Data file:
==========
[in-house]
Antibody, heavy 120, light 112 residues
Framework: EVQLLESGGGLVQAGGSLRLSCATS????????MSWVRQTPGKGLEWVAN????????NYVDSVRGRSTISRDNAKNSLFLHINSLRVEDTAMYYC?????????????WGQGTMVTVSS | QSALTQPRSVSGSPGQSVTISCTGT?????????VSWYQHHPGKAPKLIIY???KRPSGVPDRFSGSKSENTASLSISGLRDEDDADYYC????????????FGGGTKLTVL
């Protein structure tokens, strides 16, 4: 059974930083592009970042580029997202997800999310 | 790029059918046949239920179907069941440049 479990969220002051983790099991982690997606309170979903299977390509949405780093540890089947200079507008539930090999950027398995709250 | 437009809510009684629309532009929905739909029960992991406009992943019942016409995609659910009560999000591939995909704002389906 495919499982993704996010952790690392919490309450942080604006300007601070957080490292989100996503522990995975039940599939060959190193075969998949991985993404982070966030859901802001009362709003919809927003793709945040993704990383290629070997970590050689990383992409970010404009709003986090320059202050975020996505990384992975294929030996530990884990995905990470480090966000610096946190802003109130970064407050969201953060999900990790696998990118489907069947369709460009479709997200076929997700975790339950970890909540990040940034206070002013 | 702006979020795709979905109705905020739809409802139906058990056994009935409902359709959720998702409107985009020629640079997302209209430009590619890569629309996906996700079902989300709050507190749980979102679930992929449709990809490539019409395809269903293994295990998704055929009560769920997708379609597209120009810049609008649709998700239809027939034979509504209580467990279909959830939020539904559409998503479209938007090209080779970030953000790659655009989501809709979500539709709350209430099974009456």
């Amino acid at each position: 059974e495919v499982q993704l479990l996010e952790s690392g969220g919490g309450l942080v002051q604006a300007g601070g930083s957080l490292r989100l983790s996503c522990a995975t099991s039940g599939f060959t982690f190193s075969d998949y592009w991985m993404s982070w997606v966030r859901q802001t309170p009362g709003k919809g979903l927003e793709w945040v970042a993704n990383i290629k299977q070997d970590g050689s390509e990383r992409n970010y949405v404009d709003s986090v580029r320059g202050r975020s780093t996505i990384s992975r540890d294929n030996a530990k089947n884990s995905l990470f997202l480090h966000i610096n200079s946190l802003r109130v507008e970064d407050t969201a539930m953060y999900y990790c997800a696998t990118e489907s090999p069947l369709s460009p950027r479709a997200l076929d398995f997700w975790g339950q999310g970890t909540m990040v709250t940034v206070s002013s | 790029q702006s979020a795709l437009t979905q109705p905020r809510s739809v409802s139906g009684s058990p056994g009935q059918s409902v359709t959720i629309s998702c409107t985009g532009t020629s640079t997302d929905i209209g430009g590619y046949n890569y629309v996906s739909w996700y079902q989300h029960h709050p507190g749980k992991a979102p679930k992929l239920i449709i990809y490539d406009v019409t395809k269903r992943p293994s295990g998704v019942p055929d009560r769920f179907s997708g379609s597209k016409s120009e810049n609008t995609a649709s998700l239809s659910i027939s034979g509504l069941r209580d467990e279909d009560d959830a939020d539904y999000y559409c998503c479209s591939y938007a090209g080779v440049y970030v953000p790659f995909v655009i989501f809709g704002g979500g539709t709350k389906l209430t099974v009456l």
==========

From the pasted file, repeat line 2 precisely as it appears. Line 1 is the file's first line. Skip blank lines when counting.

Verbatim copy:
Antibody, heavy 120, light 112 residues